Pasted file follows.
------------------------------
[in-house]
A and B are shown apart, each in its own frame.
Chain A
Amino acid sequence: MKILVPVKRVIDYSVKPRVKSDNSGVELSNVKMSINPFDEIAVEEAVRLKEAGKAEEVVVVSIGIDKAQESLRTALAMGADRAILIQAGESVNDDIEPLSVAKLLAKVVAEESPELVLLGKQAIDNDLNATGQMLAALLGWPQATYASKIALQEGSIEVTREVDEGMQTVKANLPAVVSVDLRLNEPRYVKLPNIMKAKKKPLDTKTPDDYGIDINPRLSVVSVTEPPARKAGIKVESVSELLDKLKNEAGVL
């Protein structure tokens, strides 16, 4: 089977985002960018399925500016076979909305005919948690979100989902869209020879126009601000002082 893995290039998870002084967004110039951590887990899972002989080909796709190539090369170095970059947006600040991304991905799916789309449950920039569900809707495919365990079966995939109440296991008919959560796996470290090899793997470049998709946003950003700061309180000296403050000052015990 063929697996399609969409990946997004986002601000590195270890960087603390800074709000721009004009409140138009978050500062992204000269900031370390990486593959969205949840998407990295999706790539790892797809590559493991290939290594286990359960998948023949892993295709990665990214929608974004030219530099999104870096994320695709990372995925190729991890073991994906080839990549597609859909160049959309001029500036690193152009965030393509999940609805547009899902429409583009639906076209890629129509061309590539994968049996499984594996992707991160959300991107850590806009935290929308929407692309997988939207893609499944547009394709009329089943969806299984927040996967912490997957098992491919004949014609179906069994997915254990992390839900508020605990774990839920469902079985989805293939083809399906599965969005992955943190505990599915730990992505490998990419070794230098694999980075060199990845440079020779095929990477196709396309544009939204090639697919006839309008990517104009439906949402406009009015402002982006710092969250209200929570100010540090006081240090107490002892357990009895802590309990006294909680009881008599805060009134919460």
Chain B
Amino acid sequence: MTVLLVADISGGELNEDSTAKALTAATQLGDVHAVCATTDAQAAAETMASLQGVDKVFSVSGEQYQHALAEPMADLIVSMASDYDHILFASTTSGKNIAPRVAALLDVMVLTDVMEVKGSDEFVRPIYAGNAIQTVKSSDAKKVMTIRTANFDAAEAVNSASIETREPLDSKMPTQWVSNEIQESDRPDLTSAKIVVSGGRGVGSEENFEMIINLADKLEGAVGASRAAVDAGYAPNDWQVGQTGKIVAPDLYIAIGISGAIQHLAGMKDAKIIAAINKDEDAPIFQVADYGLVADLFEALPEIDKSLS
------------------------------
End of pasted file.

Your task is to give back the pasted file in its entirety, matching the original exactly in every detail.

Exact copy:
[in-house]
A and B are shown apart, each in its own frame.
Chain A
Amino acid sequence: MKILVPVKRVIDYSVKPRVKSDNSGVELSNVKMSINPFDEIAVEEAVRLKEAGKAEEVVVVSIGIDKAQESLRTALAMGADRAILIQAGESVNDDIEPLSVAKLLAKVVAEESPELVLLGKQAIDNDLNATGQMLAALLGWPQATYASKIALQEGSIEVTREVDEGMQTVKANLPAVVSVDLRLNEPRYVKLPNIMKAKKKPLDTKTPDDYGIDINPRLSVVSVTEPPARKAGIKVESVSELLDKLKNEAGVL
């Protein structure tokens, strides 16, 4: 089977985002960018399925500016076979909305005919948690979100989902869209020879126009601000002082 893995290039998870002084967004110039951590887990899972002989080909796709190539090369170095970059947006600040991304991905799916789309449950920039569900809707495919365990079966995939109440296991008919959560796996470290090899793997470049998709946003950003700061309180000296403050000052015990 063929697996399609969409990946997004986002601000590195270890960087603390800074709000721009004009409140138009978050500062992204000269900031370390990486593959969205949840998407990295999706790539790892797809590559493991290939290594286990359960998948023949892993295709990665990214929608974004030219530099999104870096994320695709990372995925190729991890073991994906080839990549597609859909160049959309001029500036690193152009965030393509999940609805547009899902429409583009639906076209890629129509061309590539994968049996499984594996992707991160959300991107850590806009935290929308929407692309997988939207893609499944547009394709009329089943969806299984927040996967912490997957098992491919004949014609179906069994997915254990992390839900508020605990774990839920469902079985989805293939083809399906599965969005992955943190505990599915730990992505490998990419070794230098694999980075060199990845440079020779095929990477196709396309544009939204090639697919006839309008990517104009439906949402406009009015402002982006710092969250209200929570100010540090006081240090107490002892357990009895802590309990006294909680009881008599805060009134919460």
Chain B
Amino acid sequence: MTVLLVADISGGELNEDSTAKALTAATQLGDVHAVCATTDAQAAAETMASLQGVDKVFSVSGEQYQHALAEPMADLIVSMASDYDHILFASTTSGKNIAPRVAALLDVMVLTDVMEVKGSDEFVRPIYAGNAIQTVKSSDAKKVMTIRTANFDAAEAVNSASIETREPLDSKMPTQWVSNEIQESDRPDLTSAKIVVSGGRGVGSEENFEMIINLADKLEGAVGASRAAVDAGYAPNDWQVGQTGKIVAPDLYIAIGISGAIQHLAGMKDAKIIAAINKDEDAPIFQVADYGLVADLFEALPEIDKSLS